Engineers work out why fallen leaves on train tracks are so slippery

train tracks
Credit: Pixabay/CC0 Public Domain

A team of engineers at the University of Sheffield has found an explanation for the extreme slipperiness of train tracks when leaves have fallen on them. In their paper published in Proceedings of the Royal Society A, the group describes testing the interaction of leaves with iron in their lab, and what they learned from it.

Every autumn, travel by train is impaired by leaves falling on the tracks. As the leaves are crushed by a train, a black layer forms on the iron tracks that has been found to be as slippery as an ice skate on ice. Such loss of traction leads to slowed trains, annoyed passengers and freight arriving late to its destination. In this new effort, the researchers sought to better understand the nature of the black layer and why it forms.

To learn more about what happens when leaves fall on train tracks, the researchers attempted to recreate the conditions in their lab. Noting that the leaves only become problematic when it rains, the researchers soaked sycamore leaves in a container of water and left them in the container until the water turned brown. They described the result as an acidic extract. Next, they added a drop of iron chloride to the mix to represent dissolved from a railroad track. Doing so darkened the mix. The researchers then applied their mix to pairs of steel surfaces. In addition to adhering to the surfaces, the application led to a sharp loss of friction between the steel surfaces and other objects.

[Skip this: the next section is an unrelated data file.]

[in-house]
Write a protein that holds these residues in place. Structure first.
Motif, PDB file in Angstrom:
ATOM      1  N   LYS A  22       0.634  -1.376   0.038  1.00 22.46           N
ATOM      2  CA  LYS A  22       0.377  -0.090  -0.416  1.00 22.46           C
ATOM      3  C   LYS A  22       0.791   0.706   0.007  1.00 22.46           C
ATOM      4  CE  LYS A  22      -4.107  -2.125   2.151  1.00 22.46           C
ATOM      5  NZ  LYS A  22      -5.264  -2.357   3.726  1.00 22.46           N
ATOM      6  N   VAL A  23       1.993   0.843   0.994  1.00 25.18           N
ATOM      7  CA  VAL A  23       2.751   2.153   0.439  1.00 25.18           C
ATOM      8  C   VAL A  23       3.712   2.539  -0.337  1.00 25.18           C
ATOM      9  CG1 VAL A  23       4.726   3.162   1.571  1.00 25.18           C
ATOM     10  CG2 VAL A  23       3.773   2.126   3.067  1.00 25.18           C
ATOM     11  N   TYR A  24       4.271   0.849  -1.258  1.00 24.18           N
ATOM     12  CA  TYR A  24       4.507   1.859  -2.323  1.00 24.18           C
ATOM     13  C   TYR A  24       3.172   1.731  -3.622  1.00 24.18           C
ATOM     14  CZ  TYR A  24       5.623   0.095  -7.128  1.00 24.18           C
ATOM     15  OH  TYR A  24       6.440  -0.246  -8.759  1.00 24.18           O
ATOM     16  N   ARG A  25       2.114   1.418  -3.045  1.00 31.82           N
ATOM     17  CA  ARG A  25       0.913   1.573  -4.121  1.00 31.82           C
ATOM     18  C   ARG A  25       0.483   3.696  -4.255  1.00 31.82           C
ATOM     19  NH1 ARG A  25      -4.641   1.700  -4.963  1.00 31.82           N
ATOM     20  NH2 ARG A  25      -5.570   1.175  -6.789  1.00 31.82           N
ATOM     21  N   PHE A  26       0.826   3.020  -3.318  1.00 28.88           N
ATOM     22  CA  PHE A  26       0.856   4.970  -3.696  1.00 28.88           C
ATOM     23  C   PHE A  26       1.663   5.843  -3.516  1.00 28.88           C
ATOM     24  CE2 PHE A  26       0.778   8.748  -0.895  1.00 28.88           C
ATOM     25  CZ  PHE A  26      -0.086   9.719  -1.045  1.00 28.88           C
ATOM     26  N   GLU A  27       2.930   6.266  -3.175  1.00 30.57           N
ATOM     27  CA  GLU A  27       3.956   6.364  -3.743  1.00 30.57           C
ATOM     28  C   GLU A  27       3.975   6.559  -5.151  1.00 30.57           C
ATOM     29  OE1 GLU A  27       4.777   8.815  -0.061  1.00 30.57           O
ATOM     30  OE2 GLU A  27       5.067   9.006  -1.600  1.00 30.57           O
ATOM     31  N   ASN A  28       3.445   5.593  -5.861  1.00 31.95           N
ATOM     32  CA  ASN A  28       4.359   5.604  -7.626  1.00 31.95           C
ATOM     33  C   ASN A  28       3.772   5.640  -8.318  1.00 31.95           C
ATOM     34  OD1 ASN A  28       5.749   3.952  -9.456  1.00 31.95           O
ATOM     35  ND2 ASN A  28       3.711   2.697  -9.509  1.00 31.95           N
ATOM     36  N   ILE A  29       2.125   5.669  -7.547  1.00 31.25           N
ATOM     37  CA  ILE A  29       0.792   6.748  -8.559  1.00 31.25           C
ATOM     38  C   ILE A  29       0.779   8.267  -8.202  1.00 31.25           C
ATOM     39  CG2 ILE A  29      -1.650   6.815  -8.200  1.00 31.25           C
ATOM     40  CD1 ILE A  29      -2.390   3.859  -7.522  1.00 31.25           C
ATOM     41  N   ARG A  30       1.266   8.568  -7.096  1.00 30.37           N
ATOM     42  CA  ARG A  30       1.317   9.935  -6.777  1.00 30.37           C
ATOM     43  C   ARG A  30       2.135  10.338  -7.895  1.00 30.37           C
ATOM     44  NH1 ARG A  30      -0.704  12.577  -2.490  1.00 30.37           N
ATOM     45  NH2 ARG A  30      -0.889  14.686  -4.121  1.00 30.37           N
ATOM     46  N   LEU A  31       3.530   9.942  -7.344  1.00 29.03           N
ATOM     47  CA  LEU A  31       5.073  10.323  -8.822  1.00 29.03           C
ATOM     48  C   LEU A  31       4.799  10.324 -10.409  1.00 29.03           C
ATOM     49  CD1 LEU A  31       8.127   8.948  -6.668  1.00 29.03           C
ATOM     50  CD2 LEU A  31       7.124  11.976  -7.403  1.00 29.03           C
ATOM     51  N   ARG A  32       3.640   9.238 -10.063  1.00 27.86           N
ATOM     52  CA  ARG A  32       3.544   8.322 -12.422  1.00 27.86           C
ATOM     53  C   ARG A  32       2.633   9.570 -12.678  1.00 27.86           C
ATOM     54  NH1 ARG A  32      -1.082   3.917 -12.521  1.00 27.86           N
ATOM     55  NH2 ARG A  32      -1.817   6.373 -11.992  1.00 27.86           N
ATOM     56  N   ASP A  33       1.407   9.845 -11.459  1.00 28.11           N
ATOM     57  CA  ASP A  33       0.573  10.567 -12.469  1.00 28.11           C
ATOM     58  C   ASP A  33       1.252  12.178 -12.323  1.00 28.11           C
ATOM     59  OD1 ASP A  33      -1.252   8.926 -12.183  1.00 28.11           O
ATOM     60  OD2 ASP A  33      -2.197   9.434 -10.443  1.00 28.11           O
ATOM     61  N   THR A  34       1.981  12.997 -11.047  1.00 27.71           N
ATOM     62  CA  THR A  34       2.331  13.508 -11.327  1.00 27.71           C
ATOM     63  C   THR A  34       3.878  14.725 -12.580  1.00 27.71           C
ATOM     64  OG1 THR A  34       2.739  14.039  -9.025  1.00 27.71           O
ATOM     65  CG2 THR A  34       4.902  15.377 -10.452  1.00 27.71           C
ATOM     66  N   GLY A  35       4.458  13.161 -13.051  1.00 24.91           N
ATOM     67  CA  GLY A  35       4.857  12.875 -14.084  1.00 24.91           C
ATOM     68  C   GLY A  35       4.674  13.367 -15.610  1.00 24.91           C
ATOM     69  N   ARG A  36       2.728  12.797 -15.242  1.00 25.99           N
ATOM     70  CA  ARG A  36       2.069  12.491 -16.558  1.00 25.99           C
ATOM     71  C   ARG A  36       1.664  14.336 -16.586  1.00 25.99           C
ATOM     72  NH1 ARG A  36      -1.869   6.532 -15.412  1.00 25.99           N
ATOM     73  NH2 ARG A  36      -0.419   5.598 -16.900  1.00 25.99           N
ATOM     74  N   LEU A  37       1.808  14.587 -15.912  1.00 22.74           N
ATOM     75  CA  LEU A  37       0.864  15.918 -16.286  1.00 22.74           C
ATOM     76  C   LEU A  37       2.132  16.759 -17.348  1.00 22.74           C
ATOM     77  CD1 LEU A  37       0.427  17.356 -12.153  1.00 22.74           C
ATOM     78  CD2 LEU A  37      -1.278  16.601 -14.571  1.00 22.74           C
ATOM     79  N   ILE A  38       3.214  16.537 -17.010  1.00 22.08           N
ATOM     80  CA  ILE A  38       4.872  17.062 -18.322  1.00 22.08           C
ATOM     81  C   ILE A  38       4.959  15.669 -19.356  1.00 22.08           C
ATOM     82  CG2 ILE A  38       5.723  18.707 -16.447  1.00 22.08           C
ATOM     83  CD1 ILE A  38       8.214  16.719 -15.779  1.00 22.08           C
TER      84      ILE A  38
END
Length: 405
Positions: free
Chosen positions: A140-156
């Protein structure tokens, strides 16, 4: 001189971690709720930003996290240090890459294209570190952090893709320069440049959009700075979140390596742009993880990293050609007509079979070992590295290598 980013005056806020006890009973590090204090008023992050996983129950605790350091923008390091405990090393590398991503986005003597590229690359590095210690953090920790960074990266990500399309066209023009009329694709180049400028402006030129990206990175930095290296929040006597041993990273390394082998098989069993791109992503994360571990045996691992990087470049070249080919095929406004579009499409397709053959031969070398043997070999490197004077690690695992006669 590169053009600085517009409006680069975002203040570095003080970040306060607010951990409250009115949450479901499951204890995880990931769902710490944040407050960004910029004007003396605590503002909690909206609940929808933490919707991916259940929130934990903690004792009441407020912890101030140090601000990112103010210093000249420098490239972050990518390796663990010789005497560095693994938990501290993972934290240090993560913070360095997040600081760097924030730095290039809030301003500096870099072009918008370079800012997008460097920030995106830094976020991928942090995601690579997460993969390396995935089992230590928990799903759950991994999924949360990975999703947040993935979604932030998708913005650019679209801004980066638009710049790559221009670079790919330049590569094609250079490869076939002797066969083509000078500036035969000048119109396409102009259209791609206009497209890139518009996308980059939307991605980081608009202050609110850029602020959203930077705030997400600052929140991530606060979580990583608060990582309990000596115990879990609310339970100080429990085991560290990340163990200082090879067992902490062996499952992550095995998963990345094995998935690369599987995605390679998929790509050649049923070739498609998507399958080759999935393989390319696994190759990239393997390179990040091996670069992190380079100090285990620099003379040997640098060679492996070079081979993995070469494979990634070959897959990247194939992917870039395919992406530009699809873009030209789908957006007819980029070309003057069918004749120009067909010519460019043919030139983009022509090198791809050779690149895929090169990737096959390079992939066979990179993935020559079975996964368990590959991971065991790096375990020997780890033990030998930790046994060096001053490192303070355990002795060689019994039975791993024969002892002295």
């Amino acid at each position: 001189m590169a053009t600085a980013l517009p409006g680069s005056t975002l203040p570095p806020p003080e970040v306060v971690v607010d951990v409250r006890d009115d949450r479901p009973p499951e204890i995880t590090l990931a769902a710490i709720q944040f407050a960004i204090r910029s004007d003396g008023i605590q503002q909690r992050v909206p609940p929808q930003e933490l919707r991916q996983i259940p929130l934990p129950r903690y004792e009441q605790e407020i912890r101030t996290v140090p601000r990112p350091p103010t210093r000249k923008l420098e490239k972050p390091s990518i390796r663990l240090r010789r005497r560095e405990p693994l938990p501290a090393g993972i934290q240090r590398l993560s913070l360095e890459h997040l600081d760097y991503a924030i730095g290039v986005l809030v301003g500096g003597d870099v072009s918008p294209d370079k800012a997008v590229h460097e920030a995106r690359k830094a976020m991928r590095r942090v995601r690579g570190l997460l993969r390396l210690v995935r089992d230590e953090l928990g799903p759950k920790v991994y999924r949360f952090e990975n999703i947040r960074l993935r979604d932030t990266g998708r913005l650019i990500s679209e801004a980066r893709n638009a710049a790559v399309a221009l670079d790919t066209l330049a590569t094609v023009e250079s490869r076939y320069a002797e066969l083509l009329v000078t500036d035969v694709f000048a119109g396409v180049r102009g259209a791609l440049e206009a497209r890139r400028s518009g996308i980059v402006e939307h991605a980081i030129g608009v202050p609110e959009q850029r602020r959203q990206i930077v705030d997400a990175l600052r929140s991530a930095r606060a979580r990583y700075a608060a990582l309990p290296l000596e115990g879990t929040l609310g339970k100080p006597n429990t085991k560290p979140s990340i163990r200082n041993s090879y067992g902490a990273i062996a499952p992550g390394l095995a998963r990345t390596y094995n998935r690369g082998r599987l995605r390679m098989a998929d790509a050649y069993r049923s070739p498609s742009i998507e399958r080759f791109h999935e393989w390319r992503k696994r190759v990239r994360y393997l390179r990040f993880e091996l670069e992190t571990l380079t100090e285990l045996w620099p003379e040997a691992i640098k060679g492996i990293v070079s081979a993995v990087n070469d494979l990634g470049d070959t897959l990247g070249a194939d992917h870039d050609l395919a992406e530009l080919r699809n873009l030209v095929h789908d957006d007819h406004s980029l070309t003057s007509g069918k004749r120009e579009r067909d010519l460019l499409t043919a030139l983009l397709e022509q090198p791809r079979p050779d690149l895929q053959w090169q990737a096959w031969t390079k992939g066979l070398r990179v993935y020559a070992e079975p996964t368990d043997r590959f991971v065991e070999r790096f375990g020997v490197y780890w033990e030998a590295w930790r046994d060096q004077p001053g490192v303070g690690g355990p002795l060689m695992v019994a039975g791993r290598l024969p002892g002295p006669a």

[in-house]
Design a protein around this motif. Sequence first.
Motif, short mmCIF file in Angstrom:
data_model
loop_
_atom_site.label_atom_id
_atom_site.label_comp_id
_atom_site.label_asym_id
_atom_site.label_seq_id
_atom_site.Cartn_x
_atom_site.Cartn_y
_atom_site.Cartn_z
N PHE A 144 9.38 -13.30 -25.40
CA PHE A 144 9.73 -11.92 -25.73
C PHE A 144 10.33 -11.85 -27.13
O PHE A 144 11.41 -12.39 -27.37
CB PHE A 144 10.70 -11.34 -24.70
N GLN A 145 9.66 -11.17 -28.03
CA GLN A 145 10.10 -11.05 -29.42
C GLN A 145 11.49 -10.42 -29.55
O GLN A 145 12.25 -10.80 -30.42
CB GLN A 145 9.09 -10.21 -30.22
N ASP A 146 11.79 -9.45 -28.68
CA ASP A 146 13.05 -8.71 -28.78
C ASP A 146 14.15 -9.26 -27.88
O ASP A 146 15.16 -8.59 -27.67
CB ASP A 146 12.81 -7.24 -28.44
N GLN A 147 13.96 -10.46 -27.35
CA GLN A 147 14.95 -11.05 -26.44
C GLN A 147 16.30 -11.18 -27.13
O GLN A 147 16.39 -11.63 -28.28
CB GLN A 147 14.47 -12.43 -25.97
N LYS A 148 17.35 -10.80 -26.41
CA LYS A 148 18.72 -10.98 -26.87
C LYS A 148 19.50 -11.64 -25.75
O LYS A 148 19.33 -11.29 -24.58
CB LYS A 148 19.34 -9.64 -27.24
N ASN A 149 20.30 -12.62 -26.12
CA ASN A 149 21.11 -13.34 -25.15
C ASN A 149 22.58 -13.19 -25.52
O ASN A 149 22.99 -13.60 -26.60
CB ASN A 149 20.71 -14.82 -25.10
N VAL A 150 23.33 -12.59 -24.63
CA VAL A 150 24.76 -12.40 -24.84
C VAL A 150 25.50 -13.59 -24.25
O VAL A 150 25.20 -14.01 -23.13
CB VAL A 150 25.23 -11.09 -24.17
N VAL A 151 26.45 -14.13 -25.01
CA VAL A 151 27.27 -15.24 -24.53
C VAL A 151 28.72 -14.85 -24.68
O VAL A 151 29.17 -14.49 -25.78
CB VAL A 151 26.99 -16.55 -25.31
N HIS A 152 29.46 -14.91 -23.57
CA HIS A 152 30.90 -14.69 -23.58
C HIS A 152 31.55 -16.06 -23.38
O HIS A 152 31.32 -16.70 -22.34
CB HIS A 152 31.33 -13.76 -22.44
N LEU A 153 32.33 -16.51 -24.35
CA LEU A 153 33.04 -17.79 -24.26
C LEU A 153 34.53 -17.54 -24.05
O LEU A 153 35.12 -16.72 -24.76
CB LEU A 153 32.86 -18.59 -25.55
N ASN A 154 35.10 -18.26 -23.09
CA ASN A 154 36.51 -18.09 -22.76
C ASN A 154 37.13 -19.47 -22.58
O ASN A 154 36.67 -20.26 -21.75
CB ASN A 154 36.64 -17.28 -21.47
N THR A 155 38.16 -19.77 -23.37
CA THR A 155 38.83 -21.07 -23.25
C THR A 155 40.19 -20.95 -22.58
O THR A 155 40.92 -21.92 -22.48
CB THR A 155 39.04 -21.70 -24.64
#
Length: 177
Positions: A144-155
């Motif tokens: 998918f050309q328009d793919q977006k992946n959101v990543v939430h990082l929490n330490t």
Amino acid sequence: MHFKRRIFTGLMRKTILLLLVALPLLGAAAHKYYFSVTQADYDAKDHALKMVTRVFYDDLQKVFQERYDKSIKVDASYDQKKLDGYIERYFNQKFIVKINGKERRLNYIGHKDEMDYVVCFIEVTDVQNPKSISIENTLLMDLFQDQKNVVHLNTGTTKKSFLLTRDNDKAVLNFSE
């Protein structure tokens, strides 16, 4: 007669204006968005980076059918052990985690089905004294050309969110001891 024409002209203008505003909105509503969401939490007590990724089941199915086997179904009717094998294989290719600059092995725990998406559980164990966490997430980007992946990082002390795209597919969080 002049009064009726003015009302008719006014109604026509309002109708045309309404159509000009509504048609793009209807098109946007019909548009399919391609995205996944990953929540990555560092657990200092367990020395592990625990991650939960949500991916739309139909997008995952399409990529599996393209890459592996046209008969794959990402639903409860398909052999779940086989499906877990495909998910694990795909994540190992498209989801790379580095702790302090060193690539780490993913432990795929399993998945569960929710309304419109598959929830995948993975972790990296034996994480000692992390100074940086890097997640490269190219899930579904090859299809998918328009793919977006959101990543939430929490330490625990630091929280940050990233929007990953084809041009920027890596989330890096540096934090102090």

The researchers next removed the tannin from the same kinds of leaves and then repeated the experiment with them—they found that doing so prevented the mixture from turning black and did not lead to slipperiness when applied to steel surfaces. The researchers suggest that it is the tannins in the leaves that adhere to the rails and form the slippery layer. Now that the process is understood, the researchers suggest that it might be possible to develop a chemical application that can break down tannins on rail tracks. They also note that railway managers can manage trees near in a more eco-friendly manner if they know they only need to remove trees with high tannin content in their leaves.

More information: Michael Watson et al. The composition and friction-reducing properties of leaf layers, Proceedings of the Royal Society A: Mathematical, Physical and Engineering Sciences (2020). DOI: 10.1098/rspa.2020.0057

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Citation: Engineers work out why fallen leaves on train tracks are so slippery (2020, July 29) retrieved 20 May 2024 from
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